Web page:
THAT'S SLOW BIZ
One of the last bastions of entertainment may finally be dragging itself slowly but surely, from the real world of live performances on to our TVs and eventually onto the internet. As Variety reports in it's own lingo:
"As legiters seek footholds for old-fashioned live entertainment in the world of new media, the Metropolitan Opera has struck a profitable balance between stage and screen -- and theater orgs have begun to take note.
"The Met: Live in HD," the successful series of live hi-def cinema transmissions of current Met offerings, continues to expand even as the company has been forced to downsize some of its programming ambitions in the current economy.
The growing momentum of the program -- with more than 1.5 million tickets sold so far this season -- has caught the eye of legit orgs looking for ways to boost their brands. Earlier this year, London's National Theater announced a similar series of live cinema broadcasts clearly modeled on the Met's pilot program."
The rub to date has not been anything to do with technology or potential receptivity by the market, but business model issues having to do with union contracts. Variety goes on to explain:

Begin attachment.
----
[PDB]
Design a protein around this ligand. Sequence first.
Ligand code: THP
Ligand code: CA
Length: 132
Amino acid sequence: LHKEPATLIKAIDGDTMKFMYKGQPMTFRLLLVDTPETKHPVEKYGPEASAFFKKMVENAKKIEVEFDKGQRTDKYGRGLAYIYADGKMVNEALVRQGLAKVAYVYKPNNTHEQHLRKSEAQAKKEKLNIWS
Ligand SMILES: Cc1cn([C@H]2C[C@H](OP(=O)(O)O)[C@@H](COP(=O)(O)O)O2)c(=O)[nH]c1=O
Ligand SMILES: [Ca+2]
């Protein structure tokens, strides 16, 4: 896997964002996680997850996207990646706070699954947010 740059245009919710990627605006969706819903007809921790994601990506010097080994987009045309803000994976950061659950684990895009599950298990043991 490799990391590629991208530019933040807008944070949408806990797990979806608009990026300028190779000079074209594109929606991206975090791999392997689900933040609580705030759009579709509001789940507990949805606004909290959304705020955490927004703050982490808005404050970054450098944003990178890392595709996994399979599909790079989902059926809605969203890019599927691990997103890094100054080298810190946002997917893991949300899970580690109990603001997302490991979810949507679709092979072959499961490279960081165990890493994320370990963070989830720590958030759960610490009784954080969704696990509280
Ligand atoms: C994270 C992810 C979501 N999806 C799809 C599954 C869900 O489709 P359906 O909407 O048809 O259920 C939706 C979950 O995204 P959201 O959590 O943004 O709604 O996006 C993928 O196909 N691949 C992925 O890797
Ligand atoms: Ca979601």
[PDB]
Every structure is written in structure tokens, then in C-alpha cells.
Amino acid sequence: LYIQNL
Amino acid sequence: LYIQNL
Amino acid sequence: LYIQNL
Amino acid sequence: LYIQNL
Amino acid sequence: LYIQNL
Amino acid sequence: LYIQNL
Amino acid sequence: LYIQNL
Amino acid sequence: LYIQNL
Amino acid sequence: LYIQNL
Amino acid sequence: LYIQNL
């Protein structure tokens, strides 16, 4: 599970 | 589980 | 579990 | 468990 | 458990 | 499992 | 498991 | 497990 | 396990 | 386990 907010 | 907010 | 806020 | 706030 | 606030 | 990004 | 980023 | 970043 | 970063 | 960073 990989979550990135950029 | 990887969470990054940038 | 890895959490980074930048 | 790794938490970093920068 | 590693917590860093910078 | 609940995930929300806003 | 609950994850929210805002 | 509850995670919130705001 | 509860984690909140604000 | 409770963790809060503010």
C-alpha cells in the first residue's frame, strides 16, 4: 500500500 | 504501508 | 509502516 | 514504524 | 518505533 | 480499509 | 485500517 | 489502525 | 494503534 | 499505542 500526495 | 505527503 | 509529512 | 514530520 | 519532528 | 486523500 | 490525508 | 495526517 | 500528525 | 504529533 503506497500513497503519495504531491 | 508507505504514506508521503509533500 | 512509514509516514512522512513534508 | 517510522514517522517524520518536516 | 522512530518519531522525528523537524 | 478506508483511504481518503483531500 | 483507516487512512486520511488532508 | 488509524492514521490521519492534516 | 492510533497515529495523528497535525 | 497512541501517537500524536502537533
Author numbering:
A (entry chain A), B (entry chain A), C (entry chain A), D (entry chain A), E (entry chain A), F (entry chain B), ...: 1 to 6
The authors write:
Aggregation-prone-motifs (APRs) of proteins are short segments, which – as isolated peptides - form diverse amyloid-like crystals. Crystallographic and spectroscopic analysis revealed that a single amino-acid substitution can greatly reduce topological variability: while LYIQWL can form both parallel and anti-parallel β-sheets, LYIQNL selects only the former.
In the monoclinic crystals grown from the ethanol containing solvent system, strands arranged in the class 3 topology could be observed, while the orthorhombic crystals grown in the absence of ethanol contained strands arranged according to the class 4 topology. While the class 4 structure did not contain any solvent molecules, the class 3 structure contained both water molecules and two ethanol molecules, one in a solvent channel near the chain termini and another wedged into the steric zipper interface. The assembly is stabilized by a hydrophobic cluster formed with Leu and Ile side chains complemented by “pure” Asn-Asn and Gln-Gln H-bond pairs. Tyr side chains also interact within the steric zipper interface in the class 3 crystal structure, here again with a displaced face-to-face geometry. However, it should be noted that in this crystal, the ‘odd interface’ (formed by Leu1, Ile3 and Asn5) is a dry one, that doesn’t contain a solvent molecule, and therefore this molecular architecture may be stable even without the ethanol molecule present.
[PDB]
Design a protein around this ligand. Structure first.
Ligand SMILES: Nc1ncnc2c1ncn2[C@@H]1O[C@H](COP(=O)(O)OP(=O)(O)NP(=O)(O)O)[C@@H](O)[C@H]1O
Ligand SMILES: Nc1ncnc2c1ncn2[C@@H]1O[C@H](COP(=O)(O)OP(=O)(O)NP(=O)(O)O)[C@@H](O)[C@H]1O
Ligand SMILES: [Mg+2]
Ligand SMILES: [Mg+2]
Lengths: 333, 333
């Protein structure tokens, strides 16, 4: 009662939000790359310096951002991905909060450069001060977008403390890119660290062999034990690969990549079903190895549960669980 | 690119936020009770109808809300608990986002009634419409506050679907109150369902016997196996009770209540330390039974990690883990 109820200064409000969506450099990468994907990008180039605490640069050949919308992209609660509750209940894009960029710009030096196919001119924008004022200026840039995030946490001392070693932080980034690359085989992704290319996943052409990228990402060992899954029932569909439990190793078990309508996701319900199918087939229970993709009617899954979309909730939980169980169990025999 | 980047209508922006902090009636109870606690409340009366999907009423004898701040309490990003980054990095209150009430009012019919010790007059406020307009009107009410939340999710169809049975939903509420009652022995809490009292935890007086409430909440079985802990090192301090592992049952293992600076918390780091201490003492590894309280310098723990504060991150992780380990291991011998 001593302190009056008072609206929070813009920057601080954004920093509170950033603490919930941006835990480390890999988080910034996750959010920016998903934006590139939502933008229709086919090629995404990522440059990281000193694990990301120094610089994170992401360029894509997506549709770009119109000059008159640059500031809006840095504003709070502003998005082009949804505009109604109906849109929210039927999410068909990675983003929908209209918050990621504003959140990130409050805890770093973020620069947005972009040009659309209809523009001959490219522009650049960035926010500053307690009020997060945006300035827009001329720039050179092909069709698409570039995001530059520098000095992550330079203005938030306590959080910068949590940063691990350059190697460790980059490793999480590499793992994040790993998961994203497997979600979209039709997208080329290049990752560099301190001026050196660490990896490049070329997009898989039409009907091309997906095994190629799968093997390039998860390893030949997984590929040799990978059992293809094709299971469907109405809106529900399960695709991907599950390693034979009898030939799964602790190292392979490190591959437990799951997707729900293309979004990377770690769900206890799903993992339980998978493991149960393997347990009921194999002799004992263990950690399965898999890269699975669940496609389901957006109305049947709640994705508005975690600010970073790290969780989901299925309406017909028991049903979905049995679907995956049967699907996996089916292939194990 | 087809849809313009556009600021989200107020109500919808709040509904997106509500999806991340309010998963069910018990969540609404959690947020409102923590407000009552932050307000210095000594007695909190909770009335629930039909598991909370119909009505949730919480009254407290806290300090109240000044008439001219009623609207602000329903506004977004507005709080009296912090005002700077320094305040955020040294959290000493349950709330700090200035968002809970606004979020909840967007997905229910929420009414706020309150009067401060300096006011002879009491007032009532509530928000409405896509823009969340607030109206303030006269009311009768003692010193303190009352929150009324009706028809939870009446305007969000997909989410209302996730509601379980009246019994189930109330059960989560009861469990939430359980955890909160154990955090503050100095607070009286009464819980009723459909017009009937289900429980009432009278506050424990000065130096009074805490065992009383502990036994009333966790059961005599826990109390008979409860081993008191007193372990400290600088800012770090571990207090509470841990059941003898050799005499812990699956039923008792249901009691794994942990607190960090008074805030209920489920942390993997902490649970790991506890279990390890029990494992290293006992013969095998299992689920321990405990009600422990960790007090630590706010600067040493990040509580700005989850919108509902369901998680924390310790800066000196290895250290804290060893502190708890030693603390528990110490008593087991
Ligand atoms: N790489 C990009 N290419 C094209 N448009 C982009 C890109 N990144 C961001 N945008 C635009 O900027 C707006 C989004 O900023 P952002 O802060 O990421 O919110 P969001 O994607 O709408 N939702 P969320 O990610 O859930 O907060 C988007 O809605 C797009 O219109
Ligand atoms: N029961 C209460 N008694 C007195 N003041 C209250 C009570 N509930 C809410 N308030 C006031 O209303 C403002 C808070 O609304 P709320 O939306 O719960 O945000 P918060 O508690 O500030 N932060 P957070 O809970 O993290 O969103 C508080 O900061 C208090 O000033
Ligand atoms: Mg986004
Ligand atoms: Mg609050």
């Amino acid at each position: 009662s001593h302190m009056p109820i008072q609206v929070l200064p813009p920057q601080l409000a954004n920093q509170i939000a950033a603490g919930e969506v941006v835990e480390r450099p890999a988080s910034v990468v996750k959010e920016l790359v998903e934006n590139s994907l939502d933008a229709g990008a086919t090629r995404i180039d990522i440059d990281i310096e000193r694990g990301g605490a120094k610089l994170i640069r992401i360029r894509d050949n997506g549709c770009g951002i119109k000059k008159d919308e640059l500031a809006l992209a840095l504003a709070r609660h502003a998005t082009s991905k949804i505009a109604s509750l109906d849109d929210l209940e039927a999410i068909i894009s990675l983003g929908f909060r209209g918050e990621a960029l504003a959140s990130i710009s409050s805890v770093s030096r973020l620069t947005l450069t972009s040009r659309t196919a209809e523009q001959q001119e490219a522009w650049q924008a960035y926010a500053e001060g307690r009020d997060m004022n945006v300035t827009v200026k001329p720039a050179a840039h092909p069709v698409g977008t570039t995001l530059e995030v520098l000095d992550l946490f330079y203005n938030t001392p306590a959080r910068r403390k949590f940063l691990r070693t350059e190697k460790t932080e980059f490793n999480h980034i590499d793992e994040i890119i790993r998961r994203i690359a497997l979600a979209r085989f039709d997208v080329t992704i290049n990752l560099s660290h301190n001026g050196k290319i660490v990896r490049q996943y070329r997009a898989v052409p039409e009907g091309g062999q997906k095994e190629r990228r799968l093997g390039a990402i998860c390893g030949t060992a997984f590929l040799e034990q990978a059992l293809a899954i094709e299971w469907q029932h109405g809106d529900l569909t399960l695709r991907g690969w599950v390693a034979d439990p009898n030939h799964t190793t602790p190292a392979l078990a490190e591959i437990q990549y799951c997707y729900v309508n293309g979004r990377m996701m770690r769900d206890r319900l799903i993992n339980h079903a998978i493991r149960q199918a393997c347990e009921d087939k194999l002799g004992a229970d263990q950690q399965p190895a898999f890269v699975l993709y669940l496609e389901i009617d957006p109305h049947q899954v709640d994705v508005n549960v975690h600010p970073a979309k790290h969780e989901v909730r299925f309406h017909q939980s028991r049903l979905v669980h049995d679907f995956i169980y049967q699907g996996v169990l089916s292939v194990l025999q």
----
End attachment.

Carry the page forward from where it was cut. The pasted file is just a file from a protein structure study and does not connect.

"Performer and stagehand unions were initially wary of the "Live in HD" program as a potential exploitation of its members -- but they warmed up when a deal was worked out that has union members sharing in revenues once the broadcast's production costs are recouped.
"It's a model that works," Gelb says, adding that sales easily outpace the costs of production and distribution, which average around $1.3 million per transmission."
And as one might have theorized, the experiment is broadening the audience for live productions:
"Part of the benefit comes in bringing Met fare to new auds -- a goal shared by an array of Gelb's aud-building programs, including free dress rehearsals and live telecasts in Times Square on the season's opening night.
"We've seen it go from the core opera fans to a broadening demographic," says Dan Diamond, VP of Fathom, the National CineMedia branch that distribs the "Live in HD" series. "It creates a relevance to younger audiences because it's in a movie theater, and it's more affordable."
That rising profile, in turn, feeds into box office at the Opera House itself. Paid attendance, which came in at 76% before such initiatives began, rose to 88% last season."
Who knows, we may see this trend expand to live theater as well, be it Broadway or Off-Broadway. One of these days the show may yet go on...line. Perchance to Dream.